I’ve been a dedicated practitioner of yoga for over 15 years. It’s my choice of conscious movement and my usual rhythm is 3 sessions a week as part of my morning practice which also includes energy cultivation, meditation and more.
Beyond the commitment to a regular asana (posture) and pranayama (breath control) practice, the other “limbs” of ashtanga yoga are also an integral part of my life.
I learnt early on to pay attention to what my body needs so I do take breaks from it sometimes; sooner or later, however, I genuinely miss the immense contribution it makes to my overall sense of health and well-being.
When I pick up the practice again, my whole system breathes a sigh of relief!
The reconnection with joyful wholeness is why I consciously choose this as one of the non-negotiable priorities in my life.
Over the last few years, I’ve also been increasingly aware of the effect my conscious movement practice has on my creativity and writing.
Conscious movement draws all aspects of my being into a degree of internal alignment that feels like I’m directly connected to Source where the vibrancy of life is powerful, energizing and remarkably uplifting.
With this alignment in place, I experience open access to what feels like an unlimited flow of inspiration, insight and ideas that well up from a deep inner space and pour through me into the world.
That’s why Alignment is one of the Core Principles of Conscious Writing.
And it begins with revitalizing and relaxing the physical body – a perfect anti-dote to all the sitting involved with the writing!
On the One Hand…
I’m not the only person to experience the difference it makes to move your body when it comes to boosting creativity.
A study reported in the journal Psychological Science showed that people become more creative simply by changing their posture.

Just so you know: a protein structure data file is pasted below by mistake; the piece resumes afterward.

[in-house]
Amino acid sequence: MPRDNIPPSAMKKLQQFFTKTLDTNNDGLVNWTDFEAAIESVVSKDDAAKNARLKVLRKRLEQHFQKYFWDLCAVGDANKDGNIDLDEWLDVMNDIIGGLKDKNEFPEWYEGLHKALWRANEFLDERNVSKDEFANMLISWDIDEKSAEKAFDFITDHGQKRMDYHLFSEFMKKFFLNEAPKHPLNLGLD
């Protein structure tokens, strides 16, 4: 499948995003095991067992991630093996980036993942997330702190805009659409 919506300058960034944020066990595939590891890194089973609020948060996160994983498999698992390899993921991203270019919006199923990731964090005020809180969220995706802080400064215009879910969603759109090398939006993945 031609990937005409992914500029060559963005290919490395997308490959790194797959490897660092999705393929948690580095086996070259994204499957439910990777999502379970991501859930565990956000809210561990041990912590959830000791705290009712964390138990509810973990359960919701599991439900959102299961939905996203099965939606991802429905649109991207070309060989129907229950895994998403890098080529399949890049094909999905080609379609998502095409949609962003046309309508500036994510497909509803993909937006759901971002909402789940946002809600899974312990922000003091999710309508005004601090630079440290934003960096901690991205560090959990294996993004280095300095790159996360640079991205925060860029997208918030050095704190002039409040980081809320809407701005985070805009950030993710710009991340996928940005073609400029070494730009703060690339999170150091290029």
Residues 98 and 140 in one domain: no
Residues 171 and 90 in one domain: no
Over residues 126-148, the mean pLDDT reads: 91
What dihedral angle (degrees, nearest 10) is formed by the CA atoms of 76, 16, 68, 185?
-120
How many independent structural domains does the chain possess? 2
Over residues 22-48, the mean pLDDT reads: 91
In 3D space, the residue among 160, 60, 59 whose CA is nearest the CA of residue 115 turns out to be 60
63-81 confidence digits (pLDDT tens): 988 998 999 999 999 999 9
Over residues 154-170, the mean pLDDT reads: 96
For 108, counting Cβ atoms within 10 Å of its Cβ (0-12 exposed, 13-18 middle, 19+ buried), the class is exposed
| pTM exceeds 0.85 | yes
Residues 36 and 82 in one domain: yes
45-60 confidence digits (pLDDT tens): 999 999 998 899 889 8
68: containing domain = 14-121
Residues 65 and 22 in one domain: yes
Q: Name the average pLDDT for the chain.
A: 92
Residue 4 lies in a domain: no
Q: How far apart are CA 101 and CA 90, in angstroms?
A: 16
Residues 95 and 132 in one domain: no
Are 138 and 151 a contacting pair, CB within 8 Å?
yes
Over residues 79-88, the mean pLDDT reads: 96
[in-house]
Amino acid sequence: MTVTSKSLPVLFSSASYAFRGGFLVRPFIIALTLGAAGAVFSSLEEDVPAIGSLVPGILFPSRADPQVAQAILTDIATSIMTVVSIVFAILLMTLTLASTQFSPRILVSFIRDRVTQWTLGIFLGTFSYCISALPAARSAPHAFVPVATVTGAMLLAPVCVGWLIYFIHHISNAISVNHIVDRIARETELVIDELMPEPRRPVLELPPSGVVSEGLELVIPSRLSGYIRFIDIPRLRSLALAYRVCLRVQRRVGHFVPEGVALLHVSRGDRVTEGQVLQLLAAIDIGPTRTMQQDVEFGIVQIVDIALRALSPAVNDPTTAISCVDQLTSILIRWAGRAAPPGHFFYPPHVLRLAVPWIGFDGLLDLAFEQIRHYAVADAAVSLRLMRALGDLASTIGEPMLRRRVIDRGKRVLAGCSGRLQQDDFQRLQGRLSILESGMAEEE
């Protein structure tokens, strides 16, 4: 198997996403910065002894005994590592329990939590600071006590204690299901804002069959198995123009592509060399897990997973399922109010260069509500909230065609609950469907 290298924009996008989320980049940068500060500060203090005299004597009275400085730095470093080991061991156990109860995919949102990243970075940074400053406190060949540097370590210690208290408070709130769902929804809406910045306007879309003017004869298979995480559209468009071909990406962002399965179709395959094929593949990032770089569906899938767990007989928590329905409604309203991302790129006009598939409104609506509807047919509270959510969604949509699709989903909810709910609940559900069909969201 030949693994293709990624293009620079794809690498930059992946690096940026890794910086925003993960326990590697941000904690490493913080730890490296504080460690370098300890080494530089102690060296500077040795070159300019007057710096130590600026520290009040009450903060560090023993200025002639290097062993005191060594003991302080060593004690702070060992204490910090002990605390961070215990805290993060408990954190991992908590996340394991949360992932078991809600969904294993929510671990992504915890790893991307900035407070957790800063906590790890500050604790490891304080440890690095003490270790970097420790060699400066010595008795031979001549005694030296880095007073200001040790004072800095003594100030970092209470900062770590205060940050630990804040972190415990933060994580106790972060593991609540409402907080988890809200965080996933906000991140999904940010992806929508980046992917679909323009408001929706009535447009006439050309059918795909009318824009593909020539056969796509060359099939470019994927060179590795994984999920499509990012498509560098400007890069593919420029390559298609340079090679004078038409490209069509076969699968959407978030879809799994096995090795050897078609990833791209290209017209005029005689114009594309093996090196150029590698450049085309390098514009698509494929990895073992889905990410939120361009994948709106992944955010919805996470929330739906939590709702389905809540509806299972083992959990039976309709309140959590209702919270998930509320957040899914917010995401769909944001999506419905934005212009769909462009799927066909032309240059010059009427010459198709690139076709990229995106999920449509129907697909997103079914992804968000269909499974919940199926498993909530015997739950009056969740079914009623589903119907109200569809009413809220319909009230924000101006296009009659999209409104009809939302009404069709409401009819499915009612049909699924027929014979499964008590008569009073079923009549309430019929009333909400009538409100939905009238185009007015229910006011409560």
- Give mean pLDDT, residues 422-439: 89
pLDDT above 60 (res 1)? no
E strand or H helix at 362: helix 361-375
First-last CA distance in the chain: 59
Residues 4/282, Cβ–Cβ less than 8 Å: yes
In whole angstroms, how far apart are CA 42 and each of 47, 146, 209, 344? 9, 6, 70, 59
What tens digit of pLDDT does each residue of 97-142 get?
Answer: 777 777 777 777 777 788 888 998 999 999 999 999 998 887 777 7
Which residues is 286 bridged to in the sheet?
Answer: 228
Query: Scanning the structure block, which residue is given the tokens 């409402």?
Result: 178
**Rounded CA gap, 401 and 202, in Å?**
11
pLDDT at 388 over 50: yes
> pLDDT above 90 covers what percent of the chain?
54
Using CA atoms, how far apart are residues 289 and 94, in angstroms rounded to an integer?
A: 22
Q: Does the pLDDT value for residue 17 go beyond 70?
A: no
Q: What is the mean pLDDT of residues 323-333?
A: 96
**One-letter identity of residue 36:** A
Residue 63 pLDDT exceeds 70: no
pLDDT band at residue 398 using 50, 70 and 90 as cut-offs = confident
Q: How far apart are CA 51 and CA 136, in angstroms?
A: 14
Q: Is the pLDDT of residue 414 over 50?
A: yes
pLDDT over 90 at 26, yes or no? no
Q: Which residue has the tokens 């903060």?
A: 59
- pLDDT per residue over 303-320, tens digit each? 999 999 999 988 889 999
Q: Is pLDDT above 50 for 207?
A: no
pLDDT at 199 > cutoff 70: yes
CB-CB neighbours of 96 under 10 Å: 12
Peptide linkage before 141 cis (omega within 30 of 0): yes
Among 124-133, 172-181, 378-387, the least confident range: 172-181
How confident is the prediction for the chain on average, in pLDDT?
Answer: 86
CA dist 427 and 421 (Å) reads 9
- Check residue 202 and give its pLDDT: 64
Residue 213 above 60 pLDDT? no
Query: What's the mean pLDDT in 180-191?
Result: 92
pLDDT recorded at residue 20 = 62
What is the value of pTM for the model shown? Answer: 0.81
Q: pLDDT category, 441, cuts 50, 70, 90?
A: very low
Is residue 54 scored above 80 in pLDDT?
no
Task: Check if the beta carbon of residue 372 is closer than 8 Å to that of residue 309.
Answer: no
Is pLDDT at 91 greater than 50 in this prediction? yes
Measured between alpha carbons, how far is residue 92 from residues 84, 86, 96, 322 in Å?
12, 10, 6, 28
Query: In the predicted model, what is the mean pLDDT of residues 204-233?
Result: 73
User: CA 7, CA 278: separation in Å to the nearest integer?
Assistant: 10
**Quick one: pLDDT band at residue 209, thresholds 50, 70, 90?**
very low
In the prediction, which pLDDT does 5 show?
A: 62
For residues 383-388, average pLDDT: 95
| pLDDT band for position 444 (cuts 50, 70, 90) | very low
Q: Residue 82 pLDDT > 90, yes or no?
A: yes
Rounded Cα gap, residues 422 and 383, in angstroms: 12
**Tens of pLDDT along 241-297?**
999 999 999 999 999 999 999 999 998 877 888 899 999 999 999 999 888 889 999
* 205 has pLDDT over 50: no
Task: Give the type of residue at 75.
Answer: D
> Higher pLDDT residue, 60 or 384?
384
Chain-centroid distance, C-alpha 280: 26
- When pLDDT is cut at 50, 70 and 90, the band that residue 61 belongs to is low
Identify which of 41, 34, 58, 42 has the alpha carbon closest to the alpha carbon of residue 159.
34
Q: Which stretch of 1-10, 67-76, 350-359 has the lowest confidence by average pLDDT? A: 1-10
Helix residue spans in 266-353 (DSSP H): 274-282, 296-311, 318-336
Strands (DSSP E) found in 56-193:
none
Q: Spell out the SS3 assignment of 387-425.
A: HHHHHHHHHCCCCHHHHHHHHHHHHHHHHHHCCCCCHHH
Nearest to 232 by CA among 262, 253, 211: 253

The research involved participants exploring creative problem-solving using physical movements of their hands to emphasize the phrase “on the one hand … on the other hand”.
Those who gestured with both hands came up with far more original ideas than those who only gestured with one hand or not at all.*
The way I teach it, the principle of conscious movement is the foundation of internal alignment and an integral part of your creative writing practice. Everything is fundamentally a reflection of the whole.
That doesn’t mean you always have to allow acres of extra time to move your body every time you write. However, even a few moments spent stretching and shaking out will make a difference.
Generally this is a principle to incorporate into your life as much or as little as you choose.
It’s worth taking into account when making your choice that regular conscious movement has a cumulative effect. As a result, the benefits of a reasonably regular morning yoga session, for example, will still be felt when you sit down to write later on.
Of course your choice of conscious movement can be anything that feels good to you.
It could be dancing, pilates or simply walking as so many well-known writers such as William Blake, William Wordsworth and Henry David Thoreau have done.
The added component of making it a priority to be mindful as you walk instead of just moving your legs and thinking of all you’ve got to do that day elevates the activity to a conscious movement practice.
Take Your Ideas for a Walk
My recommendation for you this week is to take your ideas for a walk without thinking your ideas through as you’re walking!
- choose an idea you’re working on right now (or would like to explore)
- jot it down briefly on paper
- set an intention to receive insight and clarity as you walk
- then put it to the back of your mind and focus on walking mindfully.
The likelihood is that you’ll either experience ideas bubbling up to your conscious awareness as you’re walking (take your phone to record them or a notebook to write them down) or they’ll flood in as soon as you get home.
The key point is that they’ll arise from a deeper space within you than your conditioned mind; that’s why I suggest you avoid simply thinking your idea through.
Alternatively, simply use your favourite activity as “conscious movement” and see what effect that has on the writing you subsequently do.
When you feel physically energized, open and relaxed, dive in to some writing; then come back here to share how you got on by posting a comment below. I’ll look forward to reading about your experience! Enjoy 🙂
* Leung et al (2012), ‘Embodied metaphors and creative “acts”’, Psychological Science, http://pss.sagepub.com/content/23/5/502.short